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Friendly Uses For Nuclear Explosives public domain stock footage
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Synopsis: The power of the atom isn't just for World War III, it can also be a valuable friend in construction, mining and "rapid excavation"... (read more)
Information: 1968 - 1973 37 min COL
Show All Nuclear Biological Warfare Titles Friendly Uses For Nuclear Explosives
The Plowshare Program promoted using the energy produced from nuclear explosions for peaceful uses and applications. The Atomic Energy Commission established the program in 1958, and Lawrence Radiation Laboratory (now Lawrence Livermore National Laboratory) developed and implemented the projects and tests. Under this program 27 nuclear tests comprising 35 individual detonations were conducted.

This title describes the objectives of the Plowshare Program tests that include: stimulation of natural gas production; creation of underground zones of fractured oil shale; earth breaking and moving projects; neutron irradiation of targets to create new elements; copper and other metal extraction from the earth; breaking and crushing mineral deposits; and rapid excavation for large-scale construction projects such as harbors, canals, or mountain passes.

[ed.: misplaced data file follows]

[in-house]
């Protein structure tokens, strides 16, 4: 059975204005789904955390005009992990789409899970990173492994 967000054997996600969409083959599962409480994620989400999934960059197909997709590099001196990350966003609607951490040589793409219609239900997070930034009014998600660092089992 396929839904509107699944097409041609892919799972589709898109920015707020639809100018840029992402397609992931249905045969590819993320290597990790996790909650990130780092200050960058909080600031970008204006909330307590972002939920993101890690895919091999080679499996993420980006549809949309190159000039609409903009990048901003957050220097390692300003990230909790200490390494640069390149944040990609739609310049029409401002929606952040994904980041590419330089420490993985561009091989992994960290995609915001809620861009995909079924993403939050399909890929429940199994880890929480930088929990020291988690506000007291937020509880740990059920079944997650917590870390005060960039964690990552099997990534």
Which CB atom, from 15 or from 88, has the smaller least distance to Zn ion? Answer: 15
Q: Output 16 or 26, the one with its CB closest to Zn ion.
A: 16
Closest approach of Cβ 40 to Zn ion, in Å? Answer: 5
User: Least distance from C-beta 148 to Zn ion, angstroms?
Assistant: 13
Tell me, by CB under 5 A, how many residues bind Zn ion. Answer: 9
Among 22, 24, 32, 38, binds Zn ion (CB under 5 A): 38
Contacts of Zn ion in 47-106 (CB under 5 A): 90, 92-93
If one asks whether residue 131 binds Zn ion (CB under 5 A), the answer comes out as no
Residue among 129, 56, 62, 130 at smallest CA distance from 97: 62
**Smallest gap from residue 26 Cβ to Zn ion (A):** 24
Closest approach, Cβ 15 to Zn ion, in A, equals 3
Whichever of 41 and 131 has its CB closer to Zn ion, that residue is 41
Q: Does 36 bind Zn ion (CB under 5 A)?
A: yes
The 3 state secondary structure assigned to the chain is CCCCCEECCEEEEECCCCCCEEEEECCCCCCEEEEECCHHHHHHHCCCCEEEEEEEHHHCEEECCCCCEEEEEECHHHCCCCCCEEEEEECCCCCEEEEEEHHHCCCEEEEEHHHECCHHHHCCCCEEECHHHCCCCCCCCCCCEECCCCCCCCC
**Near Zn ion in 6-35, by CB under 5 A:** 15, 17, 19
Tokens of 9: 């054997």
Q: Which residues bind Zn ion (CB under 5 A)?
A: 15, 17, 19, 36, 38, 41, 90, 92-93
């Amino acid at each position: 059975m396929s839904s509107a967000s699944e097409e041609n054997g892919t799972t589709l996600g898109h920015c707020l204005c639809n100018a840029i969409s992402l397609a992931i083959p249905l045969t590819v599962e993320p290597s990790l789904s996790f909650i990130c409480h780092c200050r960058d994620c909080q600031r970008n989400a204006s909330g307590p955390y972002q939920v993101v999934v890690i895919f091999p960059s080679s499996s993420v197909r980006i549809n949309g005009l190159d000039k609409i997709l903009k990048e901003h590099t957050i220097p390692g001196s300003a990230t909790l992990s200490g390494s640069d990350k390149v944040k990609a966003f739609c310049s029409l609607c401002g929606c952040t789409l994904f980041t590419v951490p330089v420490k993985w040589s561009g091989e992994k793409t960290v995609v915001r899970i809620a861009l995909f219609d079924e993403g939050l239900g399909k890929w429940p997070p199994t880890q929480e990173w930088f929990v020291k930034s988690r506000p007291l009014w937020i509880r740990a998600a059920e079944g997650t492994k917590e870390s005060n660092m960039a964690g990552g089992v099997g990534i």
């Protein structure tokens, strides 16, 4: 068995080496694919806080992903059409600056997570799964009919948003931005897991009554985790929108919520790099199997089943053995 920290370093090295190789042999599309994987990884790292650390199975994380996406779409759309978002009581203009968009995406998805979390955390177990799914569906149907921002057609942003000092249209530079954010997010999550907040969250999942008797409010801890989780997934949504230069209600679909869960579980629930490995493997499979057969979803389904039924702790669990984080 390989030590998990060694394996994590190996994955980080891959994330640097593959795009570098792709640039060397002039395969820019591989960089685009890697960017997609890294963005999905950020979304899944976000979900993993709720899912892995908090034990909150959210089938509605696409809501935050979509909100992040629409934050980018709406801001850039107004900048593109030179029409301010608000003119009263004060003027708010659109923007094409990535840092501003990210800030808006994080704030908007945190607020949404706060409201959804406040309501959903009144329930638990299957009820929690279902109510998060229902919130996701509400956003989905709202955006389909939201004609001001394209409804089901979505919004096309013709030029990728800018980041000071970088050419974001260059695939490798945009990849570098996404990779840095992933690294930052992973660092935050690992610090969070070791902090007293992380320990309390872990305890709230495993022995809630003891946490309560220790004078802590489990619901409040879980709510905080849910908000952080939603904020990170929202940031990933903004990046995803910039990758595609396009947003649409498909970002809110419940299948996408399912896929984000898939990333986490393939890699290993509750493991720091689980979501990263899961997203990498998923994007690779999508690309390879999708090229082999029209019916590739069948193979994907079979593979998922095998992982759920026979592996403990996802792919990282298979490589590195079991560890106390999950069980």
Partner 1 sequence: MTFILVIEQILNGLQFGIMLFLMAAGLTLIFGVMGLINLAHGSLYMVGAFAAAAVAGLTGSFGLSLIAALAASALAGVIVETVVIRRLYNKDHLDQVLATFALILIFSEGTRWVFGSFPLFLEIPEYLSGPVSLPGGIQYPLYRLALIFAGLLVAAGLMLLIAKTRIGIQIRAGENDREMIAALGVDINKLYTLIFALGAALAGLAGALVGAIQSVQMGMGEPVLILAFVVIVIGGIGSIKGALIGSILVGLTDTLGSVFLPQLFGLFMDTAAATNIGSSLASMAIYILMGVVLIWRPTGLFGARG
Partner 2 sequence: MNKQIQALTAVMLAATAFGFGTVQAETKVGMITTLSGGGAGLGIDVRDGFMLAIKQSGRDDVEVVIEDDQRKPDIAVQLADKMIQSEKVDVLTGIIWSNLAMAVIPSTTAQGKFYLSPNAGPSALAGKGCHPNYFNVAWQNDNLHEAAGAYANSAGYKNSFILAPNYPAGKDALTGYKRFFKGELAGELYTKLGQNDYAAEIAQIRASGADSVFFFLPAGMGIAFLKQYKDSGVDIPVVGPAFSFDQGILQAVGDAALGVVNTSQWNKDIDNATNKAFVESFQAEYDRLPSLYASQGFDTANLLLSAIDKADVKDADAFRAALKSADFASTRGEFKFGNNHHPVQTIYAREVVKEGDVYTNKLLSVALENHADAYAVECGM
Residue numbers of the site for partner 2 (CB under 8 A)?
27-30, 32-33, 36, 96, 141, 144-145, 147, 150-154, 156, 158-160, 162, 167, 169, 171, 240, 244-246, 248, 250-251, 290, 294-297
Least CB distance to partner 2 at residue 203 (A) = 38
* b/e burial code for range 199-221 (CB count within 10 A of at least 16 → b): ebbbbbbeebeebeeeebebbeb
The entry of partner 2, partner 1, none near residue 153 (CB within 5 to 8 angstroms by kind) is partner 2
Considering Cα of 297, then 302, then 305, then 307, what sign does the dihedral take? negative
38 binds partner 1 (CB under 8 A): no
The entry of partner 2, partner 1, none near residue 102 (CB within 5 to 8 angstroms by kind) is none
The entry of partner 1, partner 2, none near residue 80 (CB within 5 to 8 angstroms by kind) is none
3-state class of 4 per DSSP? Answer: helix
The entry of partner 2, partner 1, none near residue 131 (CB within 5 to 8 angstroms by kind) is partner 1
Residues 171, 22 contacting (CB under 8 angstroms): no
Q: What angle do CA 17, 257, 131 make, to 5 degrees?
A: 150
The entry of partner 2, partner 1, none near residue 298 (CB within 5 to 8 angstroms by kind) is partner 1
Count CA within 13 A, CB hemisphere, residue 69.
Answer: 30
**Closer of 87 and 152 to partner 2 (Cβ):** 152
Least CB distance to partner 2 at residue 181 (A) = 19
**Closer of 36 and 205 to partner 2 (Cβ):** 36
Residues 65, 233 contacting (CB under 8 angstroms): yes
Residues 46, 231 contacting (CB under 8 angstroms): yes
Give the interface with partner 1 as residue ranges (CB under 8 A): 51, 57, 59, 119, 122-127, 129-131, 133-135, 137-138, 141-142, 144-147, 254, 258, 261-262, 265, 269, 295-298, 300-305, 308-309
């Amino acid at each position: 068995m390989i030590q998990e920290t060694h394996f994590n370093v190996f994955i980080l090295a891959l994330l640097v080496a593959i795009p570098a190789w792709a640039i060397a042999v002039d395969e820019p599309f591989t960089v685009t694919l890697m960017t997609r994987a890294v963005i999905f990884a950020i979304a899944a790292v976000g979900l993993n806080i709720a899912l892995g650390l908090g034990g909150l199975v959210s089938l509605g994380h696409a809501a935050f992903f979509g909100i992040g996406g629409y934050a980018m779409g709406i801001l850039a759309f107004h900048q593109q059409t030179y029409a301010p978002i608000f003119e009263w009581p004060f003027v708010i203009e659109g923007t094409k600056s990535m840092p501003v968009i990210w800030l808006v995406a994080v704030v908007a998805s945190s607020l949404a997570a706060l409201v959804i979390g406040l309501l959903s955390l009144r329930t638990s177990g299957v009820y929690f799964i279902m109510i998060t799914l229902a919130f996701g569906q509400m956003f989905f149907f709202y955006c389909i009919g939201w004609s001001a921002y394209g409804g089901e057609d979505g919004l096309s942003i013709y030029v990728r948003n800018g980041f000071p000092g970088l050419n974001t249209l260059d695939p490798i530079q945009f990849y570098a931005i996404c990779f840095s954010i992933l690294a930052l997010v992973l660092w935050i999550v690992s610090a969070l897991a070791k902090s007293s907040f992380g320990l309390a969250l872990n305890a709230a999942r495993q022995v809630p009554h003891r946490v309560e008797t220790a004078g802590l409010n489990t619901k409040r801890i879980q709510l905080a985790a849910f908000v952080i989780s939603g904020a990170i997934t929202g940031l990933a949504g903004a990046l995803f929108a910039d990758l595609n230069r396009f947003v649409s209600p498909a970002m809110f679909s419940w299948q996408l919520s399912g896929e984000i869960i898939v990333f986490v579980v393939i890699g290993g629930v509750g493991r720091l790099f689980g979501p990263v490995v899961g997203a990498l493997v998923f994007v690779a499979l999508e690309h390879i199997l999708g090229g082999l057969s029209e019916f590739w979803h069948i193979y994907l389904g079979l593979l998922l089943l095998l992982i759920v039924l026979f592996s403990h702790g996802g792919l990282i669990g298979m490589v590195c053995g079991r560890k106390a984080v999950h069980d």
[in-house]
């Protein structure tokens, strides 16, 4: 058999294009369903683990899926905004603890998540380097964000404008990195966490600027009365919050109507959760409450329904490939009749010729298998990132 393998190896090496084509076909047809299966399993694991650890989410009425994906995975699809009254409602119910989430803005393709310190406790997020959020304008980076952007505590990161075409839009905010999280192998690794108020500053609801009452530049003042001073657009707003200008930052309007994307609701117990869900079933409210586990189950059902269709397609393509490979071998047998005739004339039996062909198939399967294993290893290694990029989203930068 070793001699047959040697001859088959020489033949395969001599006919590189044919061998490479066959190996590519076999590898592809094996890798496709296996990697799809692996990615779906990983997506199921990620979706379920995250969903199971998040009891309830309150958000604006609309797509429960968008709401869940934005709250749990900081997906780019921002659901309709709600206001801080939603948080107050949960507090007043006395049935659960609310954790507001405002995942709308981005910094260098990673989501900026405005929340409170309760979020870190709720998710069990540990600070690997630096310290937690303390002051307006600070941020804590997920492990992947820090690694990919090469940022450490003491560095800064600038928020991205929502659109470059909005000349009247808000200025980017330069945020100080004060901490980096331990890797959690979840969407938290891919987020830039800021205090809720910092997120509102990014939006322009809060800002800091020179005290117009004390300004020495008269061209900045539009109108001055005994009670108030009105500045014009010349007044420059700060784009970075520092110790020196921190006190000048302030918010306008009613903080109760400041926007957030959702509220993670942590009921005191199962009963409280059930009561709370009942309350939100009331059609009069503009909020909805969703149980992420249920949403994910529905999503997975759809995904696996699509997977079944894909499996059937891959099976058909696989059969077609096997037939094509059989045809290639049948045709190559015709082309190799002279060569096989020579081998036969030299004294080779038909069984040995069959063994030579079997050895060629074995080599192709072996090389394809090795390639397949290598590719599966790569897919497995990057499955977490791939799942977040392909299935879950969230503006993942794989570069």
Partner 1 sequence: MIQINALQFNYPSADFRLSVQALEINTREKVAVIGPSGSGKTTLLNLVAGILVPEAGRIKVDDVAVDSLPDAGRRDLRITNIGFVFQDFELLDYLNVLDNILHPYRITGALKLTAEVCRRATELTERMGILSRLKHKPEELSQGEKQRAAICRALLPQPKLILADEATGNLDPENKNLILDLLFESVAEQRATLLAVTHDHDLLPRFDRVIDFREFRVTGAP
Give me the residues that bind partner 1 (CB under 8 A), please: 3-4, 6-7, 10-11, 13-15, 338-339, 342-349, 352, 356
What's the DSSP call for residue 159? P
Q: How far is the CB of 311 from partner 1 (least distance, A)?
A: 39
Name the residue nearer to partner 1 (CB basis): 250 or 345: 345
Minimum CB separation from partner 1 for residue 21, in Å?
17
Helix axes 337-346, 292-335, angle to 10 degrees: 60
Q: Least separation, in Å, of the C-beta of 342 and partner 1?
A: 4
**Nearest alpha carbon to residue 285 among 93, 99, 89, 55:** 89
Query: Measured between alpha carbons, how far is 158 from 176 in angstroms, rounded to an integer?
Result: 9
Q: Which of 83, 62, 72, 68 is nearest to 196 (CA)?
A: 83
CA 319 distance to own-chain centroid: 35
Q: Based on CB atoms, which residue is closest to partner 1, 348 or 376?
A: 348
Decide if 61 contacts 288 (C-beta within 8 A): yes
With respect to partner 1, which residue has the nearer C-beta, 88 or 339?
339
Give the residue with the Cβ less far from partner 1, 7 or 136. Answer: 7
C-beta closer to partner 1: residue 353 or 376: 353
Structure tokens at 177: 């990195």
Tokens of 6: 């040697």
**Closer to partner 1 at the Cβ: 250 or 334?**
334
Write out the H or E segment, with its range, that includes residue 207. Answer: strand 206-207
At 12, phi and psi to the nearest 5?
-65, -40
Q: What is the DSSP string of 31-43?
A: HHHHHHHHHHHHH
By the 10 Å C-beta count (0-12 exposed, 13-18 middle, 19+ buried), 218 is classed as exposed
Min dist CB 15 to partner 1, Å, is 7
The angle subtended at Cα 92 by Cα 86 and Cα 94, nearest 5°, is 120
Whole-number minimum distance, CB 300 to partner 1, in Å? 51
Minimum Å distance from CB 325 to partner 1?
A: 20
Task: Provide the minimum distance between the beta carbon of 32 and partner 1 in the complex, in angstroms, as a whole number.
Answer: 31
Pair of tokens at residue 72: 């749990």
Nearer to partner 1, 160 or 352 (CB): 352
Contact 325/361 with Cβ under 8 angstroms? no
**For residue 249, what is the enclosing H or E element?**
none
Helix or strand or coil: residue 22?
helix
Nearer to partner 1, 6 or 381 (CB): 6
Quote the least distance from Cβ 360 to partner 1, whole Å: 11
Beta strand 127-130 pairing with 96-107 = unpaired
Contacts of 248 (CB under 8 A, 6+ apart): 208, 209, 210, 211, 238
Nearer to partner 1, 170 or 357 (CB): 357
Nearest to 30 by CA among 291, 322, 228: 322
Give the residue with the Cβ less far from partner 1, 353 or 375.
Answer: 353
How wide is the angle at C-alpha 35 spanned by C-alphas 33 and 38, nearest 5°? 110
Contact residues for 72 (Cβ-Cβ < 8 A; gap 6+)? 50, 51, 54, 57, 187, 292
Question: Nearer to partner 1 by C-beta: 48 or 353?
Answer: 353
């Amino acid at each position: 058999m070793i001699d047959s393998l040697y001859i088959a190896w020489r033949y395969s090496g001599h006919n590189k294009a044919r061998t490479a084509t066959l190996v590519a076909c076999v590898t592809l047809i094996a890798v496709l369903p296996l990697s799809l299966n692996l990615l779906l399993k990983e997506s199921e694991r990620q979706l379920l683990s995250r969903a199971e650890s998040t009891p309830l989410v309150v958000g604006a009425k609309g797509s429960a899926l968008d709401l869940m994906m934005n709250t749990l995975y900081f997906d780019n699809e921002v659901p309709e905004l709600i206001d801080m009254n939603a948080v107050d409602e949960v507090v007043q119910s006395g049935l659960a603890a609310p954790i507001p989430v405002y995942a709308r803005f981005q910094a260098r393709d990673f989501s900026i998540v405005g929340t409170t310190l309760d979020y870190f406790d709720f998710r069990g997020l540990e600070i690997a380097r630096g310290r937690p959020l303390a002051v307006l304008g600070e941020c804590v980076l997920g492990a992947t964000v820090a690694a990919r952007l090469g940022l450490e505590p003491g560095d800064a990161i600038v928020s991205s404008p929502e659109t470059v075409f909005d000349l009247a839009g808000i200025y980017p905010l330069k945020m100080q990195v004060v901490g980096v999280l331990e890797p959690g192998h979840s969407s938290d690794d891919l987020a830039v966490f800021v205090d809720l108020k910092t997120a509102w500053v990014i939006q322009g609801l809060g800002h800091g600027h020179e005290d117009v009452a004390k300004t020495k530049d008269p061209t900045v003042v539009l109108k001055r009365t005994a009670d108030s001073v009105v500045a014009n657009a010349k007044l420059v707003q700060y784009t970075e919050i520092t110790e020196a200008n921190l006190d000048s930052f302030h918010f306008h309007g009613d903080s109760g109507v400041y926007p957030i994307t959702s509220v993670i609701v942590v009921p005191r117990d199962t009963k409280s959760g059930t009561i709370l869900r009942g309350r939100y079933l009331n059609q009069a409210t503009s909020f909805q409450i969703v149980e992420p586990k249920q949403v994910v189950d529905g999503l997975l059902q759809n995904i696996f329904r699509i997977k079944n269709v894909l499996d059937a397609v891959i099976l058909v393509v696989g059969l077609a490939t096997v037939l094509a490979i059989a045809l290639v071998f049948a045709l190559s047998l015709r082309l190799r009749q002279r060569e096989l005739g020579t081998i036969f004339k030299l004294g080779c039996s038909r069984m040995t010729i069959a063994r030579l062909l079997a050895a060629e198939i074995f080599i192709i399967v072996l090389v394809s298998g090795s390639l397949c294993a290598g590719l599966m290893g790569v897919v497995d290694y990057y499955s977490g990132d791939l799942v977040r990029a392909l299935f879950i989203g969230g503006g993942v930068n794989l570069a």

Comparisons between conventional and nuclear explosives in terms of cost, volume, and practical uses are discussed. Nuclear explosions are shown in schematic animation format in addition to actual film footage.

Footage of people entering the underground GNOME cavity is shown, as well as close-ups of the five simultaneous, BUGGY row detonations.

Conventional explosive comparisons are also shown, including one of almost 1400 tons of chemical explosives that decapitated the submerged pinnacles of Ripple Rock. The Rock had imperiled ships using the Inland Passage north of Vancouver, British Columbia.

The Plowshare tests shown in the "Nuclear Excavation" portion of the video include:
SEDAN, July 6, 1962, NTS, 104 kilotons (kt)
SULKY, NTS, December 18, 1964, 92 tons
CABRIOLET, NTS, January 26, 1968, 2.3 kt
BUGGY-A, BUGGY–B, BUGGY–C, BUGGY–D, and BUGGY-E, March 12, 1968, NTS,
five simultaneous detonations, separate holes, 1.08 kt (each)
SCHOONER, NTS, December 8, 1968, 30 k